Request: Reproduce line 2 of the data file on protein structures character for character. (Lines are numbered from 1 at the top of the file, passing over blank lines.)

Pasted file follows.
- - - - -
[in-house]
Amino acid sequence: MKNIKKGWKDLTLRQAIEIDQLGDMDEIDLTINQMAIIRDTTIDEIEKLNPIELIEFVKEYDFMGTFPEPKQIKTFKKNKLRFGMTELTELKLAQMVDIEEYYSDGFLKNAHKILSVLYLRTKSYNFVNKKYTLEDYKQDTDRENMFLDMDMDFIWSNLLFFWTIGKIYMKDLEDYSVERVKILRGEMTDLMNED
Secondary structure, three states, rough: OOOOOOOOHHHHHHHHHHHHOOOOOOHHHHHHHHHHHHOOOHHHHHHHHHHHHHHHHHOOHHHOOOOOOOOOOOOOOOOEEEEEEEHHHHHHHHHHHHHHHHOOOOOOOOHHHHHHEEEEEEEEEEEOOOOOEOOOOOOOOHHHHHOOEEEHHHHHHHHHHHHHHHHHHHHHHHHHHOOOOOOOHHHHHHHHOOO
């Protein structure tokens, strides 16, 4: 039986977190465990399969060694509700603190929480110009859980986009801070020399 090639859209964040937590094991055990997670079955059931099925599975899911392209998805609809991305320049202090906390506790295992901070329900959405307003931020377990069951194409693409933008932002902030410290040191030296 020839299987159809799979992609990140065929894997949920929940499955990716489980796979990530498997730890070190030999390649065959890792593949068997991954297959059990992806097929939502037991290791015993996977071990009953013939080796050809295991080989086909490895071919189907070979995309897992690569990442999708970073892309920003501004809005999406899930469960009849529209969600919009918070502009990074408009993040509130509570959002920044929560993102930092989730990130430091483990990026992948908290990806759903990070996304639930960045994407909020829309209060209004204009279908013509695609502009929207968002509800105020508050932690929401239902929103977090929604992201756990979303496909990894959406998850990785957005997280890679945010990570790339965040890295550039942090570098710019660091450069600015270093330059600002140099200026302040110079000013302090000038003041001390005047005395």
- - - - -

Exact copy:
Amino acid sequence: MKNIKKGWKDLTLRQAIEIDQLGDMDEIDLTINQMAIIRDTTIDEIEKLNPIELIEFVKEYDFMGTFPEPKQIKTFKKNKLRFGMTELTELKLAQMVDIEEYYSDGFLKNAHKILSVLYLRTKSYNFVNKKYTLEDYKQDTDRENMFLDMDMDFIWSNLLFFWTIGKIYMKDLEDYSVERVKILRGEMTDLMNED